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Comedy Review: The Comedy Connection

By Annie S. Choi
photo editor

The Comedy Connection

Faneuil Hall

Boston

(617) 248-9700

Tickets:$8 during the week, weekends vary according to act

18+

If you think your grades are the only thing amusing these days, the Comedy Connection in downtown Boston can illicit a couple more laughs. Nestled on the second floor of Quincy Market at Faneuil Hall, the Connection presents colorful local and national headlining comedians. You can catch jokes from Saturday Night Live runaway Chris Rock, actor David Alan Grier, American Comedy Award-winning Wendy Liebman, as well as local funnyman Gary Gellman and Frank Santos, the resident R-rated hypnotist (appearing Thursday nights). The Amazing Jonathan awes guests with grotesque feats of magic- you can watch him eat a box of razor blades and tie them in a chain with his bloody tongue. A word from the wise: tickets for major acts go quickly, so plan ahead. On the weekends, camera-clad tourists fresh off the Freedom Trail and outnumbered native Bostonians quickly fill tables. Shows during the week are considerably less crowded (and less expensive); weekday shows have an audience of about thirty. Amateur Showcase on Monday nights are hit or miss, as comedians try out new material on a very small audience.

Headlining last Tuesday, Paul Nadrizzi entertained guests with his enlightening perspective on favorite fast food establishments. He informed the audience that the floors of Kentucky Fried Chicken have not been mopped since the Colonel died and walking through the maze of wooden partitions to reach Burger King cashiers is like taking a field sobriety test. Another complaint: the scan and seek buttons on the stereo. One finds a terrible song and stays there, while the other finds a great song and then takes off. Yet another complaint: shoveling snow for the elderly with a bamboo stick tied to a cookie sheet and not being allowed to stop until striking lava. The audience welcomed his dry sense of humor, although his timing was slowed due to what appeared to be temporary amnesia, or maybe too many beers. Still, his material is creative and shows his promising talent. Host and local comedian John Keating whined about his grandparents and their Craftmatic Adjustable Bed and presented somewhat banal material, including a segment about acting as bellhop to carry the emotional baggage of women. To maintain a pulse from the audience he resorted to singling out tourists from Kentucky. Playing host is thankless and he handled it well, especially with such a small crowd. Local comic Tony V's New Year's resolution was to not smell like fried food and to deal with his anger properly- by punching people in the trachea. Another 1999 goal was to get back into shape, but instead of losing pounds, he lost height. Apparently he lost the two inches of fat on the bottom of his feet. His act went over so well with the audience that he kept pushing his time limit. You can catch his act when he appears on the Conan O'Brian Show this weekend. Lemont Price, currently touring local colleges, struck incriminating poses to model in his new black fashion magazine called GQ Ghetto Quarterly. He also did an impression of Sean Shaken, not stirred Connery and fantasized about a black 007. His clich themes were hard to swallow. Or maybe it was just the overpriced appetizers and drinks. One of the more humorous comics was paraplegic Matt Malley who shocked guests with his outrageously crude humor and heart-wrenching Christopher Reeves comments. He started his set by discussing how "chicks with dicks" aren't really chicks, but rather men with breasts.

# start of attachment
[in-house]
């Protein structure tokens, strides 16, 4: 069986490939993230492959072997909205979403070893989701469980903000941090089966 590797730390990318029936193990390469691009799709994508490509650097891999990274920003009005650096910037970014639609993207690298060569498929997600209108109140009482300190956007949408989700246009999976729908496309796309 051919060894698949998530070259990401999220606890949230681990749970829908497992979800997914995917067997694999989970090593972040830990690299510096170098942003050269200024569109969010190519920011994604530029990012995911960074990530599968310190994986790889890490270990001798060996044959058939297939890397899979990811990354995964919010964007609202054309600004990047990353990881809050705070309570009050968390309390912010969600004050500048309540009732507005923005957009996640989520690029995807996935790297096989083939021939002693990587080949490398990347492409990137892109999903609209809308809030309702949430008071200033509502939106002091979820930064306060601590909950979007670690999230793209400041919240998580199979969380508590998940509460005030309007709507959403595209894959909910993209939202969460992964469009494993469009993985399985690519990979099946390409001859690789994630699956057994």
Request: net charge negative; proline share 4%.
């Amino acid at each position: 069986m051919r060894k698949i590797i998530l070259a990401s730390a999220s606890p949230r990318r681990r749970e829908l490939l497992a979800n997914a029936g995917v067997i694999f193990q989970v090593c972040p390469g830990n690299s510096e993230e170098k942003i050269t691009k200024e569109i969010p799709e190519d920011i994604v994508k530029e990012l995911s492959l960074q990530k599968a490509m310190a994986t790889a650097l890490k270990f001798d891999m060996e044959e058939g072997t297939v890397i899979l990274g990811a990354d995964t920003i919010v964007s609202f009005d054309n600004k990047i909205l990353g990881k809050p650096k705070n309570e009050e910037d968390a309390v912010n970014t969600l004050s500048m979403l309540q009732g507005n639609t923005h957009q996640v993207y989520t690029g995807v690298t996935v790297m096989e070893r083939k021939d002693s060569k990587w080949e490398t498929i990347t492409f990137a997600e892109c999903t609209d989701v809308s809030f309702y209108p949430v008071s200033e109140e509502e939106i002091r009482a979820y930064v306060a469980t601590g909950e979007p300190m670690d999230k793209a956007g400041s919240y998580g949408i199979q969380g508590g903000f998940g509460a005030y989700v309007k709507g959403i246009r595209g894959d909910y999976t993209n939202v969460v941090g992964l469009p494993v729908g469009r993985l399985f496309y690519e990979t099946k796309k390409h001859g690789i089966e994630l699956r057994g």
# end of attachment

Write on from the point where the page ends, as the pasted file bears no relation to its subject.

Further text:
Sitting in tables nearest to the stage is a great way of falling victim to public humiliation, as is any activity which draws attention, such as ordering food, smoking, or just being there. Smoking was a major theme among the comedians and lung cancer jokes were popular maybe a little too popular. Definitely worth a couple of laughs, the Comedy Connection can help ease the burn of a few problem sets.